Why friendships before ‘Big School’ are so important

Research continues to highlight the importance of the first five years of a child’s life as the most critical period in the life span for brain development (Fox & Geddes, 2016). The richness and quality of early experiences during this critical time have lifelong impacts on future trajectories at school and beyond (OECD 2016). Our Lifelong Learning Curriculum strives to provide everything children need to develop a lifelong love of learning and be socially and emotionally resilient before moving from our centres. - Dr Lesley Jones

Why is it important?

Parents always prioritize positive behaviours and relationships for their children who are about to attend school. It is common for families to feel anxious about their child’s social behaviour and interactions, especially in a world that moves at a fast pace and where social expectations are high; however, every child is different and develops skills at their own pace. A consistent environment that exposes them to positive behaviour and interactions allows children to learn, practice, and grow at their own pace, building the foundation for their future achievements. Consistency in the environment will help them build confidence, emotional regulation, and other essential values that are crucial to their development for 21st-century schooling.

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Early education prepares children for school by fostering positive behaviour and nurturing meaningful relationships. According to Attachment Theory, developed by John Bowlby, children form secure attachments with their caregivers in early childhood settings, which can translate into healthier social and emotional development. These early relationships lay the foundation for building trust and empathy, vital skills for successful interactions in school and beyond. Additionally, daycare environments often follow structured routines and group activities, which help children develop self-regulation and cooperation.

This exposure to peer interactions fosters prosocial behaviour as children learn to share, communicate, and resolve conflicts effectively. Consequently, when children transition to school, they arrive with a strong social and emotional toolkit, setting them up for academic success and positive peer interactions. Early childhood centres, therefore, not only provide a safe and nurturing space for children but also equip them with the social and emotional skills essential for a successful school experience.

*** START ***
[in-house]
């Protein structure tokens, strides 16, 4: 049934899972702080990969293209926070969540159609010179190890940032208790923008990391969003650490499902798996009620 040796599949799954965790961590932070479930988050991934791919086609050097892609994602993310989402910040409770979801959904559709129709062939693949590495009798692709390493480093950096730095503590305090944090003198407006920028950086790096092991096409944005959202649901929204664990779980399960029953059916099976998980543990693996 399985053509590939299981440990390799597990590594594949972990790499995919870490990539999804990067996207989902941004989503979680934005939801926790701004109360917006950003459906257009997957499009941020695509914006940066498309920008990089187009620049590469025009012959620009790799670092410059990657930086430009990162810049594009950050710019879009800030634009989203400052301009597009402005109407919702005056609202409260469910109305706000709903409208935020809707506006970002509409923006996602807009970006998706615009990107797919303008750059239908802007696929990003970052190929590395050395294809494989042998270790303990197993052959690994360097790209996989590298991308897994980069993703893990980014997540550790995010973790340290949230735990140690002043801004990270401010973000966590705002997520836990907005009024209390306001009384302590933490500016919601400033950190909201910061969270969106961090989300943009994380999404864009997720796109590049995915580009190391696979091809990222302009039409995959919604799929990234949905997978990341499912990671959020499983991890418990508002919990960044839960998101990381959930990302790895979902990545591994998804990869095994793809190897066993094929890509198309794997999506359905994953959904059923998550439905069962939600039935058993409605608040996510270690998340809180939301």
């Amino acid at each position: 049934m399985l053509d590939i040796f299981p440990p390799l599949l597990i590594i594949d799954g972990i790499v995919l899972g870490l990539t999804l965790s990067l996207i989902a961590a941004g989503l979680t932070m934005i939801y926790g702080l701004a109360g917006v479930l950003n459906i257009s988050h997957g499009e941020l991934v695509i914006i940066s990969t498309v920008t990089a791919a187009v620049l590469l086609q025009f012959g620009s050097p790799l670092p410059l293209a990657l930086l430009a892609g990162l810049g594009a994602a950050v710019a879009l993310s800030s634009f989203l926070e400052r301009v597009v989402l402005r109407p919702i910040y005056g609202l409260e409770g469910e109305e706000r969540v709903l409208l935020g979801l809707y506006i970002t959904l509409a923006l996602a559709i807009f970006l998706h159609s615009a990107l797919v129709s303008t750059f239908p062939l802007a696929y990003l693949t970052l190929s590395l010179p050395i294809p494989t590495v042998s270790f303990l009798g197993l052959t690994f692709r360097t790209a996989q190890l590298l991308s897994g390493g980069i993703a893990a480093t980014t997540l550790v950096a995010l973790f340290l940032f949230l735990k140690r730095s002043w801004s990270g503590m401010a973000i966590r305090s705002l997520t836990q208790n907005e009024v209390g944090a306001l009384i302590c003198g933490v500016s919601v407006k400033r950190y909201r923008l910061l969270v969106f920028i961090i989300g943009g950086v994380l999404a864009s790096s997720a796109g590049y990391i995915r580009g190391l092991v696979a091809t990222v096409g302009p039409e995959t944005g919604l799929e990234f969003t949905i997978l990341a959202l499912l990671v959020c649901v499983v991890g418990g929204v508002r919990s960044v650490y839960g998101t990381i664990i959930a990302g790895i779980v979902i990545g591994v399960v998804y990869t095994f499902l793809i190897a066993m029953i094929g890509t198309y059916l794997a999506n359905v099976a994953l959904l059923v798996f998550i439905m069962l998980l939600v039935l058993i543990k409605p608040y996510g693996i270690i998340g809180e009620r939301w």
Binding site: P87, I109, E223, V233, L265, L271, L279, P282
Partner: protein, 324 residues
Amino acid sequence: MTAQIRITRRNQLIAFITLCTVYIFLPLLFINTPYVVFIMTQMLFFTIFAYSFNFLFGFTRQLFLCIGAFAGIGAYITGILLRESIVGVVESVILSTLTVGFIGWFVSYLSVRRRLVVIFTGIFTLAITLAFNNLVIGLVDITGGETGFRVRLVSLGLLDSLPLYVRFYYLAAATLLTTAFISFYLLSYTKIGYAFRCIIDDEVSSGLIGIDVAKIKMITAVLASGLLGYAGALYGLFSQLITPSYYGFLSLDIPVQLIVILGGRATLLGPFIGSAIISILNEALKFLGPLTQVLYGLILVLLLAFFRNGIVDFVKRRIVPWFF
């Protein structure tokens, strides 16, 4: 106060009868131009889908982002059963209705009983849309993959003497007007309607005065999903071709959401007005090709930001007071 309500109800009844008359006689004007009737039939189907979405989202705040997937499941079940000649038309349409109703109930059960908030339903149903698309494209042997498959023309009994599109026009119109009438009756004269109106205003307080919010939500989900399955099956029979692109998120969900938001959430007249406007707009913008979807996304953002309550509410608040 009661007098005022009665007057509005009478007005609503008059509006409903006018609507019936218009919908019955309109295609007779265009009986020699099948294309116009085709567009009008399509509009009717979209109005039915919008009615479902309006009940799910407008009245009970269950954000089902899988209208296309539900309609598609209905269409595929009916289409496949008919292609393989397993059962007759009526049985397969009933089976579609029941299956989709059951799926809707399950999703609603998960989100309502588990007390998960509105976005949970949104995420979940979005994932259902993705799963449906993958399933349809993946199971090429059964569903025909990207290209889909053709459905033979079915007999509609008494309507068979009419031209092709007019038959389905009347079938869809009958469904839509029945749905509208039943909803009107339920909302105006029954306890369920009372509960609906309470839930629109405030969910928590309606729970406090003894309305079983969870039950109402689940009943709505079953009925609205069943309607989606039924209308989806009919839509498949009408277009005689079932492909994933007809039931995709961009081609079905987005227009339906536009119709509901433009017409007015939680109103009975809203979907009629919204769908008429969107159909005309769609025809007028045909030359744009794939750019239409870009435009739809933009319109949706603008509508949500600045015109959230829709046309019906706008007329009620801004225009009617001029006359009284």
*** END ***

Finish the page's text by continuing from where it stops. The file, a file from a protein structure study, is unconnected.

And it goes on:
How can this be achieved?

The environment is widely regarded as the third teacher for children. Home, childcare, and school all play a significant role in fostering positive behaviour and relationships in children. Although their home is generally considered a safe environment for children, it is not the only place where they can learn, grow, and establish new routines. Childcare is the next step for kids to familiarize themselves with different routines and people outside of the home without feeling rushed into it. Research indicates that providing children with frequent access to high-quality early education and care services leads to better learning outcomes, improved well-being, and positive behavioural outcomes. This investment in children’s development has a significant impact, preparing them for lifelong learning. Early education provides the foundational level for children to observe, learn, and implement positive behaviours in a flexible, routine environment; additionally, it allows them to understand, explore, and develop positive relationships with children and adults at their own pace. Childcare can help prevent children and families from experiencing shyness, anxiety, and other big emotions on their first day of school.  

Creating a supportive and inclusive environment is also essential. Educators celebrate diversity, emphasizing that differences are valuable and everyone is welcome and respected. Group activities and collaborative projects promote teamwork and build positive peer relationships. Educators provide opportunities for children to make choices and take on leadership roles, fostering a sense of autonomy and empowerment.

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Positive reinforcement through praise and recognition of children’s efforts and achievements goes a long way in shaping their behaviour and self-esteem. By combining these strategies with empathy and a genuine love for teaching and nurturing, our educators can cultivate an atmosphere of trust, mutual respect, and positive relationships in our centres.  

Other ways to improve on positive behaviours & relationships:  

  • Role- modelling  
  • Sharing readings  
  • Outdoor activities  
  • Connecting with other families (e.g. arranging play dates)  

What does the collaboration between educators & families look like to achieve this?  

Role modelling positive relationships between families and Educators allows children to feel a sense of trust and belonging; this is where true transparency is achieved, and partnerships with schools are formed to ensure all children experience a smooth transition to school. Frequent and open communication may look like sharing which school your child will be attending to nurture relationships with peers who may be attending the same school to allow your child to feel a sense of security during their transition.


Clear communication and transparency may also sound like discussions between you and your child’s Educator to confer about age-appropriate goals to work towards during their time in an ECEC setting. For example, ‘building emotional confidence in a social setting’ can directly correlate to how they settle into their environment in Primary School.